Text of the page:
Jekyll Island deer welcome news they are now official
In the midst of all the turmoil over recent Supreme Court decisions on Obamacare and gay marriage as well as the furor over the Confederate battle flag, you may have missed the big news. The whitetailed deer has been selected the official mammal of the state of Georgia.
This was especially welcomed news for my friend Claude and his white-tailed colleagues on Jekyll Island. As you may recall, The Jekyll Island Authority had been making noises about shooting the deer on the island because they were procreating at an alarming rate as well as hassling people on the beach for acorns (the deer, not the Jekyll Island Authority.) Claude had called me at the time seeking my help in letting people know they were under siege. He said there were more lawyers in Georgia than white-tailed deer and nobody was talking about shooting lawyers. He made an excellent point.
The JIA has backed off the plan temporarily, saying they have decided to do a study first. I don’t think they need a study to know that tourists come to Jekyll Island to see the deer and not members of the Jekyll Island Authority. That’s an ego-buster, I’m sure, but sometimes the truth hurts.
Last week, Claude called to thank me for my intervention on their behalf during those dark days and for the special status he and the other white-tails now enjoy. He said state officials were giving the credit to a group of first-graders in Muscogee County for the idea of making them the official state mammal, but the deer are convinced that it was my columns that made the difference.
Claude wanted me to know that in appreciation for my coming to their defense and for keeping them from getting their whitetails shot off, the deer on Jekyll Island had gotten together and had voted to plant a clump of Dixie Reindeer Lichen (Cladina subtenuis) in my honor on the causeway.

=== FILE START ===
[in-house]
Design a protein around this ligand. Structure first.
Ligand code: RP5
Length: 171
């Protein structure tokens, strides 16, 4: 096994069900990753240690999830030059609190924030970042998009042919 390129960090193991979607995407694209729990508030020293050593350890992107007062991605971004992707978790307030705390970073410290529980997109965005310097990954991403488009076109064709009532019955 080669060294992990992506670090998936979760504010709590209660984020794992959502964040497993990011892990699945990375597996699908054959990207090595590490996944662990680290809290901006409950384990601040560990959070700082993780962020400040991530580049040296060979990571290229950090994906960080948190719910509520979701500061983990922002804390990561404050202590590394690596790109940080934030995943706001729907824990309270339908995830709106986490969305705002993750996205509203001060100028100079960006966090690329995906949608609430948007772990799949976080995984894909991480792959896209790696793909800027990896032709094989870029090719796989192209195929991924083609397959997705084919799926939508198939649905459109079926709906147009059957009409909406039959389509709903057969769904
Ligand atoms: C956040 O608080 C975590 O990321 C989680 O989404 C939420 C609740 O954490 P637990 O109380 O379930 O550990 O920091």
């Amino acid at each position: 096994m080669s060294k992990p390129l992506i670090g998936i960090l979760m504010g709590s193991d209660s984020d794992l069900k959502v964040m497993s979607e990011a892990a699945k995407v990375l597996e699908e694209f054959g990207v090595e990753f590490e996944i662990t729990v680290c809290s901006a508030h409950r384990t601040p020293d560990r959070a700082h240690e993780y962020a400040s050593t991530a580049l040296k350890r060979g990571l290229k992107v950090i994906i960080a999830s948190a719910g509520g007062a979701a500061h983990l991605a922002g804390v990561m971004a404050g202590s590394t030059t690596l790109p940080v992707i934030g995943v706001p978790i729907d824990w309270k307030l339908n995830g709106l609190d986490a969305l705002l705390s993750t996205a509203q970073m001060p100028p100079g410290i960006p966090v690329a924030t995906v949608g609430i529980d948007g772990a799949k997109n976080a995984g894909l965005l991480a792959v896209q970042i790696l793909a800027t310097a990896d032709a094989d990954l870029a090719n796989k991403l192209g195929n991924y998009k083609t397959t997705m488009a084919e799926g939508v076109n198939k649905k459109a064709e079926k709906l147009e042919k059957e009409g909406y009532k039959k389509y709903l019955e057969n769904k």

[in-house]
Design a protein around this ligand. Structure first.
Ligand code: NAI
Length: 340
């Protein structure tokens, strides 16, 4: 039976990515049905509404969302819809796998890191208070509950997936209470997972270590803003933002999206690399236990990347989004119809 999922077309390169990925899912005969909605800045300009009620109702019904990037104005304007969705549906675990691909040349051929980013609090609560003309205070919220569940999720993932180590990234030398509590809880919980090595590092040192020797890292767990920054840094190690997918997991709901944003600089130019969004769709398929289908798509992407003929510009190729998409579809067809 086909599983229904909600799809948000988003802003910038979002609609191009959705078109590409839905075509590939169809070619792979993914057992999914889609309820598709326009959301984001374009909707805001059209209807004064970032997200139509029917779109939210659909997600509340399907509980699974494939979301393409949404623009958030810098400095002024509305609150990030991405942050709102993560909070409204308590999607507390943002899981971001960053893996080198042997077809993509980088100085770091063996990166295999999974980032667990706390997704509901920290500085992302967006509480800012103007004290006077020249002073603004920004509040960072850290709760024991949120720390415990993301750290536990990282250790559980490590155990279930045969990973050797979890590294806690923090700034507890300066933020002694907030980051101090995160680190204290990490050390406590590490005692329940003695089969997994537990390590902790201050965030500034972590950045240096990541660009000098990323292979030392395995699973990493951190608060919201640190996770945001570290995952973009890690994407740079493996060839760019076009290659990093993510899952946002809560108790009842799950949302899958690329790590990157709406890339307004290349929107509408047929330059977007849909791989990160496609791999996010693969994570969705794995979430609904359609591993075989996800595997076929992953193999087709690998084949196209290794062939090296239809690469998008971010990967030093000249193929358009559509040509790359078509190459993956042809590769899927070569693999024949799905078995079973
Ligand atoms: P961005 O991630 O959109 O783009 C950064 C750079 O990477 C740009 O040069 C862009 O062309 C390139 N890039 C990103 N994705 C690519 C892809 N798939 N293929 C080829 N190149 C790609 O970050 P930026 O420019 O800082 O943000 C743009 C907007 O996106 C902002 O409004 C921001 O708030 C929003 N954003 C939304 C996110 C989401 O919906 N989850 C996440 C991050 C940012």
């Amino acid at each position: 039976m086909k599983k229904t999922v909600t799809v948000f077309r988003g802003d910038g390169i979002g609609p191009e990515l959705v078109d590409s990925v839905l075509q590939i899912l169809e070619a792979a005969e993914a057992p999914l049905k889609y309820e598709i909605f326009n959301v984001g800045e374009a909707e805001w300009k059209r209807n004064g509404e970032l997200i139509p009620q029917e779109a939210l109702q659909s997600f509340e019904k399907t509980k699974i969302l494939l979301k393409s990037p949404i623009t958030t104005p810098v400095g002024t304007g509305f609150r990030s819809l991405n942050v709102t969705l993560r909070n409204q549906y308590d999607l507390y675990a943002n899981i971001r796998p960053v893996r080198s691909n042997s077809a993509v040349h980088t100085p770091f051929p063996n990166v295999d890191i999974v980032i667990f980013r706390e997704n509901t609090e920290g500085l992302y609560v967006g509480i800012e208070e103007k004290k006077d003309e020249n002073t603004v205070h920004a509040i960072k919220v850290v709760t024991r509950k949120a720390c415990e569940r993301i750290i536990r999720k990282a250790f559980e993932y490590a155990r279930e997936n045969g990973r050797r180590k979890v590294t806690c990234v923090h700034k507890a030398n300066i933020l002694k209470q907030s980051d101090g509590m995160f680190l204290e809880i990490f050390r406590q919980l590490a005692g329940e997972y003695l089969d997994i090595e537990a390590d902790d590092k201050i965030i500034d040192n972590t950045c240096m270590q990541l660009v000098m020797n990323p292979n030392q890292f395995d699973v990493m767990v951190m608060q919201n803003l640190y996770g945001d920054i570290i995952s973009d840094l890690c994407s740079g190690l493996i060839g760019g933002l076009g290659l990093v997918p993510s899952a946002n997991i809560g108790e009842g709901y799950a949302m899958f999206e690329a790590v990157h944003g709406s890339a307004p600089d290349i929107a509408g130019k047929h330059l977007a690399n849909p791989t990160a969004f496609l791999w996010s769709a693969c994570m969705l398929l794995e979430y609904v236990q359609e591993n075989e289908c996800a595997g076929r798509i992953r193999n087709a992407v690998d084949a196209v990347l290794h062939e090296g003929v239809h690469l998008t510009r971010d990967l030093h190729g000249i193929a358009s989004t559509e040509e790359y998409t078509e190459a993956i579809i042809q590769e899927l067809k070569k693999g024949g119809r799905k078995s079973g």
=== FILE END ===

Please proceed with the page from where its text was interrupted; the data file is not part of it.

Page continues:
I told Claude that while I was humbled by such a kind gesture, it might not be a good idea for us to be associating ourselves with “Dixie” at the moment. Claude wanted to know why not.
I told him the politically-correct crowd was on a tear these days trying to get rid of anything having to do with Southern heritage and if they found Dixie Reindeer Lichen on Jekyll Island they would pour weed killer on it and it would be the lead story on NBC Nightly News with Lester Holt.
Claude said he had no idea who Lester Holt is and that lichen is not a weed. He says lichen is a composite organism that arises from algae and lives among filaments of a fungus in a mutually beneficial relationship, which is more than he can say for the Jekyll Island Authority and white-tail deer.
I said those kinds of details don’t matter to the PC crowd. It’s the word “Dixie” that will get their shorts in a wad. Claude said he wondered how they felt about Dixie Cups, Southern Comfort and Rebel Tall Fescue Grass Seed Blend. I must admit that I hadn’t thought about that. I hope the PC crowd hasn’t, either.
Claude said that while the Jekyll Island Authority clearly has not treated him and his white-tailed associates with the respect they felt they were due, the deer remain Southern to the core. Have you ever seen white-tail deer in downtown Newark or in Detroit City, he asked? I said I had not but that was because I spent as little time in those two cities as possible. Claude wanted me to tell the politically-correct crowd in no uncertain terms that the deer would plant clumps of Dixie Reindeer Lichen (Cladina subtenuis) whenever and wherever they pleased. I couldn’t be sure but I thought I heard a couple of rebel yells in the background.
As we were hanging up, Claude said he had an idea he wanted to run by me. Now that the white-tail deer is the official state mammal, did Georgia have an official state pest? I said I didn’t think so. I know the honey bee is the official state insect but I wasn’t sure about pests and wondered why he was asking. Claude said he and the other white-tails had gotten together and were thinking about nominating members of the Jekyll Island Authority for the honor. Hmm. An interesting idea. I must remember to talk to the school kids in Muscogee County about that.